• University of Illinois Press

Chicago, as the cliche goes, is a city of neighborhoods. New York likes to make this claim too, as do Saint Louis and Seattle and probably every other city in America that can be subdivided into distinct areas, each with its own special cultural and architectural character that attracts its own special stereotypical resident, easily identified by race, ethnicity, age, social class, and degree of hipsterdom. But Chicago stands out from all those other cities because it’s officially been divided into 77 community areas which roughly correspond—though not always—to what Chicagoans consider their neighborhoods.

If you want to explore them all, you’re probably going to want a guide, and not one of those travel books that only takes you around the more heavily touristed areas. Fortunately, the publishers have provided. We now have The Chicago 77: A Community Area Handbook by Mary Zangs and the newly updated third edition of the venerable AIA Guide to Chicago, edited by Alice Sinkevitch and Laurie McGovern Petersen. Neither of these two books will tell you where to get a really good, cheap lunch or a beer (that’s what your smartphone is for), but they will—one more than the other—provide a decent introduction to corners of the city you’ve never been before.

Of the two, the AIA Guide is by far the more informative, though its focus is fairly narrow: as befits a book produced by the American Institute of Architects, it’s all about the buildings.

“The Guide,” its editors write in their introduction, “is illustrative rather than encyclopedic, presenting a representative selection of buildings in addition to the essential landmarks.” The blurbs themselves are strictly informative, resolutely impartial; authors leave it to the reader to draw his or her own conclusions about the character of a neighborhood. (Here’s Sinkevitch in her introductory essay on Garfield Park and Austin: “The West Side shows typical inner-city scars of age and blight. . . . But the positive effects of dedicated institutions and strong individuals are seen in every neighborhood.”)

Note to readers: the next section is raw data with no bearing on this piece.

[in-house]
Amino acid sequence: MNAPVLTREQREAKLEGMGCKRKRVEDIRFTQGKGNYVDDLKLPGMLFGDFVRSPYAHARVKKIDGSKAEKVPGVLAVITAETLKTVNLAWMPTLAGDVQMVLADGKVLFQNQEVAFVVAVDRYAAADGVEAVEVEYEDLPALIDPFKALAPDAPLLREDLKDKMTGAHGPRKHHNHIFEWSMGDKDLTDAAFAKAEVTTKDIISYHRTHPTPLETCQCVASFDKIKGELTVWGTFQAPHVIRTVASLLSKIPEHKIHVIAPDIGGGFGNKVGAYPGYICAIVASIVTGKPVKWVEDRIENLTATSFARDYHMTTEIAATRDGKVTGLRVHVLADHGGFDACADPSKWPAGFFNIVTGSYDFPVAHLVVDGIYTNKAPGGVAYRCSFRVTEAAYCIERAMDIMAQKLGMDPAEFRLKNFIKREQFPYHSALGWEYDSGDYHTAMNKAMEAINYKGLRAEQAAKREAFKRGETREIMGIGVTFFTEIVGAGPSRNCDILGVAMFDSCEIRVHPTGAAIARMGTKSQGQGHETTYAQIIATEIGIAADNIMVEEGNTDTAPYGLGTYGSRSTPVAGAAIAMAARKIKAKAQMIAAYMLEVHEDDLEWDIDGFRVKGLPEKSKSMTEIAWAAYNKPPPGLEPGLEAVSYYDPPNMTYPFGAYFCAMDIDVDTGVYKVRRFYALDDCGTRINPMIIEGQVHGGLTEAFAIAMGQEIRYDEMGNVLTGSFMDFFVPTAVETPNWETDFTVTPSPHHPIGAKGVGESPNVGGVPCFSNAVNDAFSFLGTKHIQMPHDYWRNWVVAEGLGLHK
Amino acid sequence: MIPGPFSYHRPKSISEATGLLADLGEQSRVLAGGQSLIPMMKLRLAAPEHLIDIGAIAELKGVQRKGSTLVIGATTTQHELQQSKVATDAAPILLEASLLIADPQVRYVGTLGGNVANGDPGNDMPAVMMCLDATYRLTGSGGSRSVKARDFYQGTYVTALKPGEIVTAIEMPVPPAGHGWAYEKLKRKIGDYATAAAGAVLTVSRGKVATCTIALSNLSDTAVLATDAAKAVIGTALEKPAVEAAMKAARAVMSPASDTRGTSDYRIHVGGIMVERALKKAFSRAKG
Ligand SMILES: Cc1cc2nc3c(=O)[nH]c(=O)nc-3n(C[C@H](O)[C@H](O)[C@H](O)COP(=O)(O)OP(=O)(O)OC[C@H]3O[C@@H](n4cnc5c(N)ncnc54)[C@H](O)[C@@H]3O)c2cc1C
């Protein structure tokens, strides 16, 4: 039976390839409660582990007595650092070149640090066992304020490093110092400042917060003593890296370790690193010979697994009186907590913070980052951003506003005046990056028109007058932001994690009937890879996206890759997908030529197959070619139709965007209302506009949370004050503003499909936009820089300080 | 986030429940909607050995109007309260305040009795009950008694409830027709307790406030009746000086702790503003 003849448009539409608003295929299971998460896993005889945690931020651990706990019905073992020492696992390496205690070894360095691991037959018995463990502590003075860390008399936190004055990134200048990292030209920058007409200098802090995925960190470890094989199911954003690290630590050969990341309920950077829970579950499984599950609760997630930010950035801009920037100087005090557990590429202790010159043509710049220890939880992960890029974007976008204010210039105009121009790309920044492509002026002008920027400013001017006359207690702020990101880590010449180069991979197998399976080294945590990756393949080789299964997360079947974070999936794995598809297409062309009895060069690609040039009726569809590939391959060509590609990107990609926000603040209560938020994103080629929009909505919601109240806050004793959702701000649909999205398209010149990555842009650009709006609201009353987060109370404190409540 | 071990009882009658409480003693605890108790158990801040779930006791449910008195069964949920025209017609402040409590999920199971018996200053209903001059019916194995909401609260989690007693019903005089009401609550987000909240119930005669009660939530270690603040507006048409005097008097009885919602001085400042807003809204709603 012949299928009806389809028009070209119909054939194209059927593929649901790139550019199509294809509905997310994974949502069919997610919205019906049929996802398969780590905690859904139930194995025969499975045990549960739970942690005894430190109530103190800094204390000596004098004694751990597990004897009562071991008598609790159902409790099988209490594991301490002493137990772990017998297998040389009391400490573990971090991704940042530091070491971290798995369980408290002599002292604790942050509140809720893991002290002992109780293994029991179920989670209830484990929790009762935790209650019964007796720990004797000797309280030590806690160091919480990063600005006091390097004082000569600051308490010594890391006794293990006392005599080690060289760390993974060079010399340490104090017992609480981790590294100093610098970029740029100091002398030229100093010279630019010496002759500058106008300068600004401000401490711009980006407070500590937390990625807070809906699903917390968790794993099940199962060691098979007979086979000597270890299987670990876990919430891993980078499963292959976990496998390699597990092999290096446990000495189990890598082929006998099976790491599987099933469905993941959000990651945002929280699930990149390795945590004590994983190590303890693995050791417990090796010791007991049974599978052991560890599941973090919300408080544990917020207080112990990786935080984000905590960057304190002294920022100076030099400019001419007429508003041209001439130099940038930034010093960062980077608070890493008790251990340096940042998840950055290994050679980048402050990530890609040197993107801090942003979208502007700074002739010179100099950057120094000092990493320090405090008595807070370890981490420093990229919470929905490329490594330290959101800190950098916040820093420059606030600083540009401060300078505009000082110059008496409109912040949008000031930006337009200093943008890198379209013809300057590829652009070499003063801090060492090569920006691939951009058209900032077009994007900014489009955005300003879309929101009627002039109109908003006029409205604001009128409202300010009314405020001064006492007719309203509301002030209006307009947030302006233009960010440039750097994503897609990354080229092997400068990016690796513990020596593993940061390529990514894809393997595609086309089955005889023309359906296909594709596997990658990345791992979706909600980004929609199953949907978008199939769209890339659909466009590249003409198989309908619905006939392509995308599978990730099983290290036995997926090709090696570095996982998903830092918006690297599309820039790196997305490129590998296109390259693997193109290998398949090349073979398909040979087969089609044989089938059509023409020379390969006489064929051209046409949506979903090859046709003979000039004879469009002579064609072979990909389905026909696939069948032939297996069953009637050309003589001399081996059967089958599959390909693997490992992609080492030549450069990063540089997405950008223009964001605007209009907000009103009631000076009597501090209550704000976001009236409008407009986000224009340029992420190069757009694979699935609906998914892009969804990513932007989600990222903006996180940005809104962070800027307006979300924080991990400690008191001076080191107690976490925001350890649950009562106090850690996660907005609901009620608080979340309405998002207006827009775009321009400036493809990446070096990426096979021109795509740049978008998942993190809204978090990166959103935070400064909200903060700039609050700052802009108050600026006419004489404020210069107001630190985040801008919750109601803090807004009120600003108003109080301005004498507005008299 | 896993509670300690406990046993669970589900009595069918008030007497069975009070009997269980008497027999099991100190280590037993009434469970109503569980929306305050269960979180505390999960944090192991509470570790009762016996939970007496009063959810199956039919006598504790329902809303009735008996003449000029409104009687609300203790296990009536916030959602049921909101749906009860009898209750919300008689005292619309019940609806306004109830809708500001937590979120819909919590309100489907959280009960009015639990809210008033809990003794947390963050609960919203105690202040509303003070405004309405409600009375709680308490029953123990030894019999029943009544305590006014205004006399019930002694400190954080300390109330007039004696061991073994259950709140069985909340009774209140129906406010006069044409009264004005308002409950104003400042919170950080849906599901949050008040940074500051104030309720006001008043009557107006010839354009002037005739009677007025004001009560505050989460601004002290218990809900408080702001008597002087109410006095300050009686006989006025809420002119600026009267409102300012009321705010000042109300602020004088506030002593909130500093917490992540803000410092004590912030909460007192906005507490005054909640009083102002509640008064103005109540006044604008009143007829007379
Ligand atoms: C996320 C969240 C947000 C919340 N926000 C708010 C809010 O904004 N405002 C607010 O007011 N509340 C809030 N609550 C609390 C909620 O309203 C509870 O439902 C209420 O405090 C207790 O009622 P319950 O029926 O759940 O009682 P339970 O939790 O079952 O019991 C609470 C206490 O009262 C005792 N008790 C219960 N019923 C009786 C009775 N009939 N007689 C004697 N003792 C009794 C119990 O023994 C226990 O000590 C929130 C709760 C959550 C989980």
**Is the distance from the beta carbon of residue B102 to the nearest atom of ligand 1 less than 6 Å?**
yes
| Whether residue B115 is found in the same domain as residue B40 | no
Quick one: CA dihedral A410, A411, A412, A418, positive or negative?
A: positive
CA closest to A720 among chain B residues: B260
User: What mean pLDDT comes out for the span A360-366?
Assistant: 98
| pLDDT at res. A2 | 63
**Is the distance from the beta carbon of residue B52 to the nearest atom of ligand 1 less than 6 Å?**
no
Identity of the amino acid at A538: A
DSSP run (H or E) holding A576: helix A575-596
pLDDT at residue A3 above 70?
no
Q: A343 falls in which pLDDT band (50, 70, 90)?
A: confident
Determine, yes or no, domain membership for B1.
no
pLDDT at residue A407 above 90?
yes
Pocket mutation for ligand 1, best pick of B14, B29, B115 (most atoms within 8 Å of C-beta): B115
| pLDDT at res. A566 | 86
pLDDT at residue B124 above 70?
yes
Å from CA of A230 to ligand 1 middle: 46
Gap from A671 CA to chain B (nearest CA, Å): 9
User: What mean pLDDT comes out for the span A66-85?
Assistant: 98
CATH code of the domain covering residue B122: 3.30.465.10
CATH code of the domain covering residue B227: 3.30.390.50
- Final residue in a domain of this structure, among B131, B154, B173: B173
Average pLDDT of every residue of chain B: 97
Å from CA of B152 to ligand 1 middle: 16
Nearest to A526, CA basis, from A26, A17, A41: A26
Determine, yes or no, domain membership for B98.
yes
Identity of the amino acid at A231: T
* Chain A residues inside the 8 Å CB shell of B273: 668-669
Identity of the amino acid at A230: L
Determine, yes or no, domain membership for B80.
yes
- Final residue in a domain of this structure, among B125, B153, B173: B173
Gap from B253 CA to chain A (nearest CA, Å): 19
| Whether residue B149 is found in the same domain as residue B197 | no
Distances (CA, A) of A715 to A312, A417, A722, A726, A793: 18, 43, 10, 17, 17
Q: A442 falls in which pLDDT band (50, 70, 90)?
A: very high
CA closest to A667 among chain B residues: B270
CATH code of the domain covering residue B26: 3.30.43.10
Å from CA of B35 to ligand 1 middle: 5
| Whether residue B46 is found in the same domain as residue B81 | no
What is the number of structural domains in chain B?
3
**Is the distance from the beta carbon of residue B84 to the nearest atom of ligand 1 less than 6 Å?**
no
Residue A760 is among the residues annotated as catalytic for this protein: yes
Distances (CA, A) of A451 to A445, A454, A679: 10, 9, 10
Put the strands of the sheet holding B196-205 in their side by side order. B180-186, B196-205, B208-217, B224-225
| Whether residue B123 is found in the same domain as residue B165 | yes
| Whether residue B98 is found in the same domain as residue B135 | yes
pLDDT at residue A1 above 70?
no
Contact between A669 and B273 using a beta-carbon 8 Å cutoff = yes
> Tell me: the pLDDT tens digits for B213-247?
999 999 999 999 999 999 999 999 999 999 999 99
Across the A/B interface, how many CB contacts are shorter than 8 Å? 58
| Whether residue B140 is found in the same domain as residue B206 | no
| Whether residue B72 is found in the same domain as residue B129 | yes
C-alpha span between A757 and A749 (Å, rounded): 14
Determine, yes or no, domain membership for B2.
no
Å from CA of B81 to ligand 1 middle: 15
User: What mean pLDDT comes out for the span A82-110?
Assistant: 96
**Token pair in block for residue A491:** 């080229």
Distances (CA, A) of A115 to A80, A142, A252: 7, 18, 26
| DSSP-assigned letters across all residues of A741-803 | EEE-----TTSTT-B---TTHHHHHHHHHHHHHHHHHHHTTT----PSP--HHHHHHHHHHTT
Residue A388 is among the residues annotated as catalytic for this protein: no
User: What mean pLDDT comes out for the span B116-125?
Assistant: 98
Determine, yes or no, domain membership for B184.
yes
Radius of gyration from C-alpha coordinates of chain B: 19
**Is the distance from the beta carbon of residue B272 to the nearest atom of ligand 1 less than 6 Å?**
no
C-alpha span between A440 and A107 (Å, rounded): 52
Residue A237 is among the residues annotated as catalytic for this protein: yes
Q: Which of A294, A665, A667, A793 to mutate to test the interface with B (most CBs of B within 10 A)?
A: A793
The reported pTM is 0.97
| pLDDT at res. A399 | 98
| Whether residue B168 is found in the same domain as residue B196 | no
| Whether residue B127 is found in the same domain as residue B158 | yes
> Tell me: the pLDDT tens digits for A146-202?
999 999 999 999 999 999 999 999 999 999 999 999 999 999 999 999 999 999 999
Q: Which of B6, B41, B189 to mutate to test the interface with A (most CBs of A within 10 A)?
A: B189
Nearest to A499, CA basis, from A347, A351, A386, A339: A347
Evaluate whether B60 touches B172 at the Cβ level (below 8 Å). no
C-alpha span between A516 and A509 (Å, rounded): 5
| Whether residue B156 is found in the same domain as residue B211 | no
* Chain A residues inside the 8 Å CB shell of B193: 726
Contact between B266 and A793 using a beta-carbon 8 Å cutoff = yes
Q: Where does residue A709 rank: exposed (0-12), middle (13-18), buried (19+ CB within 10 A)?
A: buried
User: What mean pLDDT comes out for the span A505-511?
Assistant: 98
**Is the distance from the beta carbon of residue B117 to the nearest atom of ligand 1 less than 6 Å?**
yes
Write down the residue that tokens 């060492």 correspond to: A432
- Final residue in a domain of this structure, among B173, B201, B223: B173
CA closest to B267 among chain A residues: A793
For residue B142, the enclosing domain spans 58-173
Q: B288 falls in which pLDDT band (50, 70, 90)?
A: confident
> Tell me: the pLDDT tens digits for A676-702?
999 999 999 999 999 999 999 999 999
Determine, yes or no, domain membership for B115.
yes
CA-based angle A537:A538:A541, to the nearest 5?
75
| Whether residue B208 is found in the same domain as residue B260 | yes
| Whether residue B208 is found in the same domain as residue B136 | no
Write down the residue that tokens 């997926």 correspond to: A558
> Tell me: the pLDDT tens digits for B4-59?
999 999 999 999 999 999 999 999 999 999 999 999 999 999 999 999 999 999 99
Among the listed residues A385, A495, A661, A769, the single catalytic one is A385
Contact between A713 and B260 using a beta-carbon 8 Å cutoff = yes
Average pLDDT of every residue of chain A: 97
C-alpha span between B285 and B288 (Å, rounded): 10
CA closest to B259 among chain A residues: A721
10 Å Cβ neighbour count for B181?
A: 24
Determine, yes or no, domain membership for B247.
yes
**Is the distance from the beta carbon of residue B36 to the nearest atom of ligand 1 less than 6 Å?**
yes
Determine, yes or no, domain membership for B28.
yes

But in describing the many kinds of buildings—office buildings, apartment buildings, private homes, schools, churches, parks, and random curiosities—and pointing out details not only about architectural features but also who built them and why and how they’ve been used over the years, the authors also obliquely tell the stories of different neighborhoods. The best way to use the book is, as the title implies, to take it along on a walk or a drive through some part of the city you’ve never been before and see what you can find.

  • History Press

The Chicago 77 attempts to be more comprehensive, but, paradoxically, ends up more sketchy. To keep the book pocket-size, each neighborhood gets only five or six pages. Zangs begins with a quick geography lesson describing the area boundaries, then explains how it got its name, lists a few facts, throws in a quote from a community leader about his or her favorite thing in the neighborhood, and leaves you with one important landmark. There are maps too, though they get considerably less detailed as the book goes on: in Rogers Park, area number one, the map takes up a whole page and includes every street, but by Uptown, area three, it’s shrunk to half a page with only the major thoroughfares.

Zangs doesn’t provide too much substance, but some of the factoids she produces are interesting. Such as the reason houses in the older neighborhoods, like Pilsen and Lincoln Park, are below street level: the streets were raised in 1875 to accommodate a new sewage system. It’s also kind of fun to learn who your neighborhood, and maybe your street, was named after—even though, it must be said, a lot of the backstories are not terribly interesting. The Chicago 77 concentrates far more on history than on describing what the neighborhoods are like today—it appears that Zangs did a lot of her research not out in the field, but in the library (and maybe even using earlier editions of the AIA Guide!)—but even the most trivial history becomes fascinating if it relates directly to where you live.

Aimee Levitt writes about books on Fridays.